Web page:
regards, suanj
Visit my website:
ITALIAN ORIGIN SEARCH

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Re: Researching Dates Before Stato di Civile Records

Postby maple62 » 01 May 2005, 17:36

Suanj - Thanks very much for your information regarding the possible origins of my Dalaimo surname. I will try to find time to research this line.

James - There are many names I'm researching for San Mauro Forte but for the time being the immediate ones are Dalaimo, Distefano (Di Stefano) and Diluca (Di Luca). The others include Contrastano, Tricarico, Dirocco
(Di Rocco) and Pierro.

As regards the church records I think the only way forward will be to initially write to the church or indeed a visit. Both my parents were born in San Mauro Forte and although they do go back, it's only every two years or so....

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Re: Researching Dates Before Stato di Civile Records

Postby Essgee » 01 May 2005, 19:15

I think a lot of us are the in the same boat...know the info exists, but are unable to obtain it. However, don't blame the priest.

Oh, I know if he would spend his days doing our genealogy, we would have it made, but that is not HIS JOB. Some of the old records are not indexed. They are deteriorating, and he cannot sit there and go through all the old records everytime someone wants him to.....

If you go to the commune, you may not get to see the records either. They are in Latin and you have to be able to read Latin. From what I have been told, the priest won't let you just browse the books. You have to be more specific and you must prove that you are able to read the records. And then you may be limited to the number of volumes you can read on any one day.

You also need to make an appointment prior to your arrival.

If your parents return every couple of years, who do they know that might be able to help? What about a student in a local university or technical school that might be able to help for a small fee? Can you contact the town web site and see if you can find someone to help?

Since there appears to be more then one of you wanting the info, maybe you should advertize for others from this town who would like this information. Together, you might be able to hire a professional who can help, who can access the records for you. They are used to dealing with the situation and have the skills necessary to do the work.

Trafford Cole, whose book is mentioned in this thread, and his son Joel run a website and professional service for all of Italy. Maybe you could inquire what this type of research might cost. If the cost is defrayed among a number of you, it might be quite affordable. Just another possibility. The website is: http://expertgenealogy.com/?x=jmtc77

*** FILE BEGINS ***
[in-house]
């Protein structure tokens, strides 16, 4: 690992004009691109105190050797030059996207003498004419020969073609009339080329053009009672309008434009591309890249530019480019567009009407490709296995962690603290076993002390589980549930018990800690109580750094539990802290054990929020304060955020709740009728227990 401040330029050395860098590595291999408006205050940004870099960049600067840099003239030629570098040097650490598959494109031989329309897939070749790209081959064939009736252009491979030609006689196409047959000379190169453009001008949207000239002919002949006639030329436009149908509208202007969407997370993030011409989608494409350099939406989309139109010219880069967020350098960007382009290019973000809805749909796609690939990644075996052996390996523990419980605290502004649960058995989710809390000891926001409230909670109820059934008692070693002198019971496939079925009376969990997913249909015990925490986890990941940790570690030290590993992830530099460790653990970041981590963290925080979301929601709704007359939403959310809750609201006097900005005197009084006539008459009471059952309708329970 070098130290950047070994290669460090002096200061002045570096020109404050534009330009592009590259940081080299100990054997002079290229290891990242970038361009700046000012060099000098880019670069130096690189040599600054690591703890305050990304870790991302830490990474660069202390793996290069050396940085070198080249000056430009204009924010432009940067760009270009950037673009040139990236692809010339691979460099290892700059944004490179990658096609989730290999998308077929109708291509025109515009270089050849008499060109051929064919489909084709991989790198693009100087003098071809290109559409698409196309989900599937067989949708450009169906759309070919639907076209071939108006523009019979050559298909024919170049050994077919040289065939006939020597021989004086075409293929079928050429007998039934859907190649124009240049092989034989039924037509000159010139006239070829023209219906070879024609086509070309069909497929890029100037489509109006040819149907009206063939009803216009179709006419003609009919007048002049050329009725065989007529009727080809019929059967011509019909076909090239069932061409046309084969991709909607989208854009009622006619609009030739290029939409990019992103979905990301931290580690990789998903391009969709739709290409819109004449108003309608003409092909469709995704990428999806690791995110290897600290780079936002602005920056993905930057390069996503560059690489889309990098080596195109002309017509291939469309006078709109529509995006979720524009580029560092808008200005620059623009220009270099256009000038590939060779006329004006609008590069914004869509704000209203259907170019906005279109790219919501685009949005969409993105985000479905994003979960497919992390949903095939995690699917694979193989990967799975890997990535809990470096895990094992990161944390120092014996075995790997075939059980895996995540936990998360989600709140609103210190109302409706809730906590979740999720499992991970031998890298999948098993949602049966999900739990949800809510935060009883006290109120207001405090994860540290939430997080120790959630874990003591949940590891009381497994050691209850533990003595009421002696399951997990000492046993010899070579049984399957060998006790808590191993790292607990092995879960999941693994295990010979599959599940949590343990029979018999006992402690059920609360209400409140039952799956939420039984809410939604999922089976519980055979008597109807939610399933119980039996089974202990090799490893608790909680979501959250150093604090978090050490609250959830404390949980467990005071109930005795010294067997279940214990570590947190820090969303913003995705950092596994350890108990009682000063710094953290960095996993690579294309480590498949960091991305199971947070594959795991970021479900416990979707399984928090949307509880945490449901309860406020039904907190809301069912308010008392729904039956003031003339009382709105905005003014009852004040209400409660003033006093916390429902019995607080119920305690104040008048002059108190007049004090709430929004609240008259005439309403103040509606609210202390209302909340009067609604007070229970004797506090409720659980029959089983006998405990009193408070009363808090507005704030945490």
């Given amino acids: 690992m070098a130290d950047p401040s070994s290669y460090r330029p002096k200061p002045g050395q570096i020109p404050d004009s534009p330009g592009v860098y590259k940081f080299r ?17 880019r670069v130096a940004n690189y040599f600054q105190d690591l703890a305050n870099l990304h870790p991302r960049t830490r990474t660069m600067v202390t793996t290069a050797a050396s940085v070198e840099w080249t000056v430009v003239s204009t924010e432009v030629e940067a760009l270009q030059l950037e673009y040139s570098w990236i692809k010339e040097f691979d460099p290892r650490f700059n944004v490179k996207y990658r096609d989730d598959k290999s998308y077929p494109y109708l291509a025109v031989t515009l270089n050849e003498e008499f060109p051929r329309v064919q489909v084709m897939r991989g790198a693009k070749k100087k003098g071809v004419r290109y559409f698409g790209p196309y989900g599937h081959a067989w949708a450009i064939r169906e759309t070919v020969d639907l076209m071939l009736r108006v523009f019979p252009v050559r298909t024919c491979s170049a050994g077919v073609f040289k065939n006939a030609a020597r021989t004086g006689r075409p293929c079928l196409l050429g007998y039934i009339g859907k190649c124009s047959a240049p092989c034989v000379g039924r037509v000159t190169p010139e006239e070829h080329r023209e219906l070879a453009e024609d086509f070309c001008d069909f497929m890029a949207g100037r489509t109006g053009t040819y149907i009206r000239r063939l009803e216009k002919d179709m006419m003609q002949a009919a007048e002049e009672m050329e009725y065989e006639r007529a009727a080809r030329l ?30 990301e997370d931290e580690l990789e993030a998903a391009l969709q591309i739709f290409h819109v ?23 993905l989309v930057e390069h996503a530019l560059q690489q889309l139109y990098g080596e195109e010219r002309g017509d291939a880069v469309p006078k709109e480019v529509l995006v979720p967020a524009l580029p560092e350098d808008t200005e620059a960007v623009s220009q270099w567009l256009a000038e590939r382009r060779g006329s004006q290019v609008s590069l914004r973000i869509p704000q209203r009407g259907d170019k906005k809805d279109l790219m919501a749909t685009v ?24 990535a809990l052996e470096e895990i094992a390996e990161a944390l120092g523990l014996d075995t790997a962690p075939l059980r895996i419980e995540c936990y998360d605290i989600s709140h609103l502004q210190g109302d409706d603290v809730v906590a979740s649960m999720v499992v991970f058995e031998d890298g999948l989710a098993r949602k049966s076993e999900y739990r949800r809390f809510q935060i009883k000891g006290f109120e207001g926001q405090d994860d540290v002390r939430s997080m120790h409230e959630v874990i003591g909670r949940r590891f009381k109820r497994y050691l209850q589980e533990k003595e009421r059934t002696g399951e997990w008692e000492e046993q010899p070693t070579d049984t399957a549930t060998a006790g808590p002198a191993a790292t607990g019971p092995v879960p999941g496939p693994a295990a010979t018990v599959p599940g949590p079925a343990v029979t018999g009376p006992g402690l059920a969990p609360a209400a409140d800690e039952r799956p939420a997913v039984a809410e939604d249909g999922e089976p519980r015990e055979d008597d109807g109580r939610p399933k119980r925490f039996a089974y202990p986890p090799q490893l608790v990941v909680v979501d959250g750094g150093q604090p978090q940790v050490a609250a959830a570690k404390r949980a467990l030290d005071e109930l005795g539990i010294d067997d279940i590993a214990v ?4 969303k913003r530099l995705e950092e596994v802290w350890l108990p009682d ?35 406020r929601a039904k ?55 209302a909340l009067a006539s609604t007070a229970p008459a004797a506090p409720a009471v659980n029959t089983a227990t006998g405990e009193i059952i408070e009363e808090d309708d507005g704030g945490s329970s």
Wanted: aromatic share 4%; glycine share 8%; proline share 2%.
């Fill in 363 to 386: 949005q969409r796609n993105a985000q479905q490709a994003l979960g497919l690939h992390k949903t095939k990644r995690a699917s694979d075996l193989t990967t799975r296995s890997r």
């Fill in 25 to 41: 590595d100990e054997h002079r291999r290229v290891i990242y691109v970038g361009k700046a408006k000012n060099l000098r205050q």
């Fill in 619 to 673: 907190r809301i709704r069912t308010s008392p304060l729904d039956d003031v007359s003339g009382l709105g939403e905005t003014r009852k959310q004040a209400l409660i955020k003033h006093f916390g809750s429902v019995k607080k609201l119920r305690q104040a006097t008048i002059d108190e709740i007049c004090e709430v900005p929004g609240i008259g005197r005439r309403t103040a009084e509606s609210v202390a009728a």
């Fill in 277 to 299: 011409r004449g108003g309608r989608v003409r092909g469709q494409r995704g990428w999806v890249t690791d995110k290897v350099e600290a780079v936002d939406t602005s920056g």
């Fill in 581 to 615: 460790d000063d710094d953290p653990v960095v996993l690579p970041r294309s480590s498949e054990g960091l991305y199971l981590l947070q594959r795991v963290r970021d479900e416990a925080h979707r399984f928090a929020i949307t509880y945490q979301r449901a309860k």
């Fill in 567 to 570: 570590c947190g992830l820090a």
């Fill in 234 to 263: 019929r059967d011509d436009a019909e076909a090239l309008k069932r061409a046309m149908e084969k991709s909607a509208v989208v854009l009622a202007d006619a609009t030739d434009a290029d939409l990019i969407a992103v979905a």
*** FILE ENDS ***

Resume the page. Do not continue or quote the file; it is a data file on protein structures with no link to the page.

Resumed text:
While we go and search every part of the world for our ancestors, people in countries our ancestors came from do not often understand our obsession with our roots...so we cannot expect them to make it their priority because it is ours.

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Re: Researching Dates Before Stato di Civile Records

Postby JamesBianco » 01 May 2005, 19:48

Essgee wrote:I think a lot of us are the in the same boat...know the info exists, but are unable to obtain it. However, don't blame the priest.

I am sorry, but in some ways I cannot help it, when they refuse to let the records be professionally preserved (microfilmed etc), and they will not (in many cases) allow any kind of access.


Oh, I know if he would spend his days doing our genealogy, we would have it made, but that is not HIS JOB. Some of the old records are not indexed. They are deteriorating, and he cannot sit there and go through all the old records everytime someone wants him to.....

That is kind of an extreme example. In the case of an amateur genealogist visiting the town with no experience, I see your point. What I am referring to is a professional or experienced genealogist very familiar with this type of record and able to read latin proficiently. Some of the priests restrict access to native Italians themselves. As far as the deteriorating volumes, in many cases these books are in remarkable condition, and they are ALWAYS indexed categorically without exception unless something has happened to the index pages. In the days contemporary to those documents priests would have to access them quickly and often. I am sure you have seen and are aware of the Italian traditions and laws involving family documentation when a person is married.




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Re: Researching Dates Before Stato di Civile Records

Postby itye » 16 Sep 2005, 15:23

Hi Maple,

both my parents are from San Mauro too, what are our parents called ?

Im planning a trip down to San Mauro for a few days to see if I can get some more info.

Not sure when yet

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Re: Researching Dates Before Stato di Civile Records

Postby itye » 16 Sep 2005, 15:24

Oops mispealt the above, meant to say what are your parents' names

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Re: Researching Dates Before Stato di Civile Records

Postby rita » 18 Sep 2005, 02:56

In Brescia the Stato di civile records went back as far as 1771. I know the exact birthdate of my ggggrandfather now although he was not born in Brescia. But to go further back...?? I'm puzzled where to look for?? From what I understand on the forum I have to search at the church records. Where do I start then?? Can you help me with this??

Regards, Rita